What can I do? What can I do? How can I help make it stop? How can I help MAKE. IT. STOP?

Another unarmed black man has died at the hands of another white person (in this case, a police officer) under circumstances that no one can really explain. Even when some official narrative becomes available (if it ever does), it will never resolve the very troubling question of how and why this keeps happening.  This keeps happening again. And again. And  again.

And I want to help make it stop. As a white woman, how do I help make it stop?

There is a long list of things I know I can do to help. There are all kinds of blogs and columns flying around the internet right now about the things that white people can do to help. And I’ve got a lot of work to do. A lot of hard work.

But I’m going to start with me. I’m going to start by checking my privilege. I think all the time about how fucking lucky I am to be white, about all the things I don’t have to worry about because I’m white, about all the energy I have to focus on other things because I don’t have to think about being white. But it’s not enough for me to just sit around and think about this. I have to openly admit it, confront it, challenge it, and talk about it with other white people. And I have to do it again and again and again. Just like a black person has to think every day about being black, I have to think every day about what it means not to have to think about being white.

This isn’t a novel approach. I’m not being bold or brave or new. Nor is checking my privilege by writing about it on a blog even a drop in the bucket of what it means and what it takes to challenge racism. But in order to effectively challenge the systemic racial oppression of black people, I first have to openly acknowledge all the ways in which I benefit from that systemic oppression.

In no particular order, here is a list of privileges I enjoy that result simply from the ridiculous good luck afforded to me by having been born white (and this list doesn’t even touch all the other sources of privilege in my life: being born American, being born into relative wealth, being born heterosexual, having Anglo-Saxon heritage, having no physical disabilities, having genes that make it easier for me to maintain a relatively normal weight–I could go on and on, and all of these are in some way no more than sheer accidents of my birth):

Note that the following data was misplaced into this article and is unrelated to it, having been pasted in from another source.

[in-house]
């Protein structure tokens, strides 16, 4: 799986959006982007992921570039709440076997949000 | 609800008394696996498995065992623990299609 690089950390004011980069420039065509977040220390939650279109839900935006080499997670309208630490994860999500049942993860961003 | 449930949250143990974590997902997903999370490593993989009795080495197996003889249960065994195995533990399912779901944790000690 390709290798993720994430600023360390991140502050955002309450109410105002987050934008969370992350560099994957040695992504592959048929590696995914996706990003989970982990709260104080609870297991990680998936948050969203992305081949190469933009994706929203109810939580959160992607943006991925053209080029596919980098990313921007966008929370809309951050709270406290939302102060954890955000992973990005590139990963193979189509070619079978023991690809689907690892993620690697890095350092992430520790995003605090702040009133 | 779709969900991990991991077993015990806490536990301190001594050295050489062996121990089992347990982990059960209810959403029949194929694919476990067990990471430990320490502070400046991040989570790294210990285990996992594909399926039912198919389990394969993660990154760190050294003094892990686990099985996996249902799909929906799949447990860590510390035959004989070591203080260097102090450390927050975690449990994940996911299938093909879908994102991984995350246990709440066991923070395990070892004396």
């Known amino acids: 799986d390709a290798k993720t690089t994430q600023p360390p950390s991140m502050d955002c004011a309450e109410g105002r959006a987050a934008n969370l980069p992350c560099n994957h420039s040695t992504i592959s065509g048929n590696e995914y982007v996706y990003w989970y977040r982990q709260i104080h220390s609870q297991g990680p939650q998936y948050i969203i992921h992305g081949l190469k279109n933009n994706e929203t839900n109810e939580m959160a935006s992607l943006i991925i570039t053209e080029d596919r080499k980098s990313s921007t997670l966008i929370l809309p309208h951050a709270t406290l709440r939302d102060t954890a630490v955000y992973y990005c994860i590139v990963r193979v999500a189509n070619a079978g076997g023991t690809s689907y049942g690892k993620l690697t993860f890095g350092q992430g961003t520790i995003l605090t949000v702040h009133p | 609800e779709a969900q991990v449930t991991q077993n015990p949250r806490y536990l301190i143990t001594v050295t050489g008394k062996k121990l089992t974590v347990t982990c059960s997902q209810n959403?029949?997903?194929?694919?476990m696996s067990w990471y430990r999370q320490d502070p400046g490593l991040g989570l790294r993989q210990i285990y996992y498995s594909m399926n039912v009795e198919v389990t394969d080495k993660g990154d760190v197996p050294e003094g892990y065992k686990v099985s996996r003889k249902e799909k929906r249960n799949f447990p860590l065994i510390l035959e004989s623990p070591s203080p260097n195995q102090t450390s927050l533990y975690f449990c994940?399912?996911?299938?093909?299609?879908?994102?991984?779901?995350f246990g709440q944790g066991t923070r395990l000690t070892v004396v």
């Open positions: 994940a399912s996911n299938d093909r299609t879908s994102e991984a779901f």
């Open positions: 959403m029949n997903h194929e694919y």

1. I have been pulled over by cops twice in the 22 years that I have been driving, both times for speeding. Both times I got a ticket and went on my way. I have never otherwise been approached by a police officer in my life.
  2. I will never have to explain to my children why it is so incredibly important for them to act not only respectful but downright submissive in any encounter with law enforcement.
  3. If one of my children ever disappears, there is a significantly greater likelihood that their disappearance will become a national media story.
  4. No one has ever followed me around in a retail store.
  5. For all but two of the jobs I have ever applied for in my life, the person doing the hiring was the same color as me.
  6. Almost all of the dolls and toys that my children see in stores are the same color as they are.
  7. If my children misbehave in preschool or school, they are less likely to suffer severe disciplinary consequences.
  8. No one has ever assumed that I got to a particular position because of my race.
  9. And yet in many cases, I probably have gotten to a particular position because of my race–it is generally safe for me to assume that if I work hard, I can achieve pretty much anything I want to. Not only will my race not be an obstacle–it will be an advantage, and hardly anyone will object to that advantage.
  10. I don’t have to worry that a particular article of clothing in my closet might make me appear threatening.
  11. If I ever found myself in need of public assistance (as members of my family have), no one will attribute it to the mere fact of my race.
  12. My children don’t need a “History Month” specifically for people of their race, because history as it is taught reflects mainly the contributions of their own race, regardless of how ahistorical that approach is.
  13. Anytime I turn on the television or open a newspaper, people of my race are everywhere, in the highest positions of power in every industry.
  14. I don’t have to think about the fact that I am white. As a matter of fact, if I wanted to, I could basically ignore the fact that racism exists, and it would make very little difference in my daily life.
  15. Related to #2, but for me, as a mother, probably the most important item on this list, I will never have to say goodbye to my children in the morning and wonder, even though I’ve told them to be respectful and submissive not only to cops but to any white person who acts aggressively toward them, whether I will end up like Michael Brown’s mother, crying over my child’s body lying in the street.

These are just drops in the giant, rushing, undeserved waterfall of privileges that have poured over my head since the day I emerged from my mother’s body, white and screaming.

These are just the drops I could come up with in a short session of scribbling.

These don’t even touch the hundreds of tiny ways that my white skin parts the waters before me everywhere I go.

White friends, join me in checking our white privilege, will you? Share in the comments here your thoughts about how being white has made your life easier, how it makes your life easier every day. The more conscious I become of all the ways I benefit from institutionalized racism, the better advocate I can be to challenge it.